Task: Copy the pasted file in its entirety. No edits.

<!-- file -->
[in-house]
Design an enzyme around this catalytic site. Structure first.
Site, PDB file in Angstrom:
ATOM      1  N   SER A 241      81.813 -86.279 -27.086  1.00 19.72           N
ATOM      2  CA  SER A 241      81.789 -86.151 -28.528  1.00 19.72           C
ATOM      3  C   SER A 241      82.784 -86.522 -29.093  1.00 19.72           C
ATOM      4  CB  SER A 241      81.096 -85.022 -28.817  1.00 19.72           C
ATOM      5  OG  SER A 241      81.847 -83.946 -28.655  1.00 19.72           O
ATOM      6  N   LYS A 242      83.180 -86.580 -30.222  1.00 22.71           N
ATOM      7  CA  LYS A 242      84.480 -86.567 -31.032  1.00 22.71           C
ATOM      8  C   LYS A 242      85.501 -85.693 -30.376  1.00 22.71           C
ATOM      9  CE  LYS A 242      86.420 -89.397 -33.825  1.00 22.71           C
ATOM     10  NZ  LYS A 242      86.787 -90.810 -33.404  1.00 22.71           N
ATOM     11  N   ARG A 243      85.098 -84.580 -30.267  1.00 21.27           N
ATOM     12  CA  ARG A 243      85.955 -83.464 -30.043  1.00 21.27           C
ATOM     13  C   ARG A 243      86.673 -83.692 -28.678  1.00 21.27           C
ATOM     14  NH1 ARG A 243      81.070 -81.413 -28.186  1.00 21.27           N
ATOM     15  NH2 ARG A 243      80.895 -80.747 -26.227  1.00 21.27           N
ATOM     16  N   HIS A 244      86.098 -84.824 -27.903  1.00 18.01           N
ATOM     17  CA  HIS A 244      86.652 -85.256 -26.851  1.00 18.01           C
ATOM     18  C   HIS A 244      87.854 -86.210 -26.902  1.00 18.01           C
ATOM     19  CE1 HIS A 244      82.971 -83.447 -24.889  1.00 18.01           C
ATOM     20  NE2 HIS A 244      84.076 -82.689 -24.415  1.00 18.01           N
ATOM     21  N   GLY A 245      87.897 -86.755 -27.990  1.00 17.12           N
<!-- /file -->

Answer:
[in-house]
Design an enzyme around this catalytic site. Structure first.
Site, PDB file in Angstrom:
ATOM      1  N   SER A 241      81.813 -86.279 -27.086  1.00 19.72           N
ATOM      2  CA  SER A 241      81.789 -86.151 -28.528  1.00 19.72           C
ATOM      3  C   SER A 241      82.784 -86.522 -29.093  1.00 19.72           C
ATOM      4  CB  SER A 241      81.096 -85.022 -28.817  1.00 19.72           C
ATOM      5  OG  SER A 241      81.847 -83.946 -28.655  1.00 19.72           O
ATOM      6  N   LYS A 242      83.180 -86.580 -30.222  1.00 22.71           N
ATOM      7  CA  LYS A 242      84.480 -86.567 -31.032  1.00 22.71           C
ATOM      8  C   LYS A 242      85.501 -85.693 -30.376  1.00 22.71           C
ATOM      9  CE  LYS A 242      86.420 -89.397 -33.825  1.00 22.71           C
ATOM     10  NZ  LYS A 242      86.787 -90.810 -33.404  1.00 22.71           N
ATOM     11  N   ARG A 243      85.098 -84.580 -30.267  1.00 21.27           N
ATOM     12  CA  ARG A 243      85.955 -83.464 -30.043  1.00 21.27           C
ATOM     13  C   ARG A 243      86.673 -83.692 -28.678  1.00 21.27           C
ATOM     14  NH1 ARG A 243      81.070 -81.413 -28.186  1.00 21.27           N
ATOM     15  NH2 ARG A 243      80.895 -80.747 -26.227  1.00 21.27           N
ATOM     16  N   HIS A 244      86.098 -84.824 -27.903  1.00 18.01           N
ATOM     17  CA  HIS A 244      86.652 -85.256 -26.851  1.00 18.01           C
ATOM     18  C   HIS A 244      87.854 -86.210 -26.902  1.00 18.01           C
ATOM     19  CE1 HIS A 244      82.971 -83.447 -24.889  1.00 18.01           C
ATOM     20  NE2 HIS A 244      84.076 -82.689 -24.415  1.00 18.01           N
ATOM     21  N   GLY A 245      87.897 -86.755 -27.990  1.00 17.12           N